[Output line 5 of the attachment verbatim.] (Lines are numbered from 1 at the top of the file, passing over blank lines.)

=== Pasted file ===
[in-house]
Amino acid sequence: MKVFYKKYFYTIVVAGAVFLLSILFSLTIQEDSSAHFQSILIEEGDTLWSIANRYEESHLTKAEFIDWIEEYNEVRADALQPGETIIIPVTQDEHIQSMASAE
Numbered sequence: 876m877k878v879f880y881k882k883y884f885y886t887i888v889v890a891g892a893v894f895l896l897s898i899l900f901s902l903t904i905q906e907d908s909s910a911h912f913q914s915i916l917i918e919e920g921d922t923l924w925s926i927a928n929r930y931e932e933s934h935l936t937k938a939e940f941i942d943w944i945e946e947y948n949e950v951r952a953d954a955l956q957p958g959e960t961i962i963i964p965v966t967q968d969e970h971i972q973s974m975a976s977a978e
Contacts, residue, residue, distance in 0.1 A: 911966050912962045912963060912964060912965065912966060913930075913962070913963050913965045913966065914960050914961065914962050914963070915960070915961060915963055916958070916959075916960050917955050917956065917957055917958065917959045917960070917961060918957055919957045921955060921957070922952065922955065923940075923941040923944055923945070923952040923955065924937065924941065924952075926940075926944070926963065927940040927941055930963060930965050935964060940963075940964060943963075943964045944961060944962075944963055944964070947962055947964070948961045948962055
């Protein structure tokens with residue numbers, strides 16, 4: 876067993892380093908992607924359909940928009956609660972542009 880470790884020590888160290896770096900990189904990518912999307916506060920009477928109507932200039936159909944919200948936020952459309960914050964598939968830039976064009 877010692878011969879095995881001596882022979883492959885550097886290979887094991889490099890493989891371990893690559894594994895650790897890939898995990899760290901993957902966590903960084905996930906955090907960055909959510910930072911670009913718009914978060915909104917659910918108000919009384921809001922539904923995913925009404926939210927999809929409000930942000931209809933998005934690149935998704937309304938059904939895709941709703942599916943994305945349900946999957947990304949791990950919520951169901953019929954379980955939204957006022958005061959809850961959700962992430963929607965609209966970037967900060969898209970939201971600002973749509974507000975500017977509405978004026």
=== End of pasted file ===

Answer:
């Protein structure tokens with residue numbers, strides 16, 4: 876067993892380093908992607924359909940928009956609660972542009 880470790884020590888160290896770096900990189904990518912999307916506060920009477928109507932200039936159909944919200948936020952459309960914050964598939968830039976064009 877010692878011969879095995881001596882022979883492959885550097886290979887094991889490099890493989891371990893690559894594994895650790897890939898995990899760290901993957902966590903960084905996930906955090907960055909959510910930072911670009913718009914978060915909104917659910918108000919009384921809001922539904923995913925009404926939210927999809929409000930942000931209809933998005934690149935998704937309304938059904939895709941709703942599916943994305945349900946999957947990304949791990950919520951169901953019929954379980955939204957006022958005061959809850961959700962992430963929607965609209966970037967900060969898209970939201971600002973749509974507000975500017977509405978004026």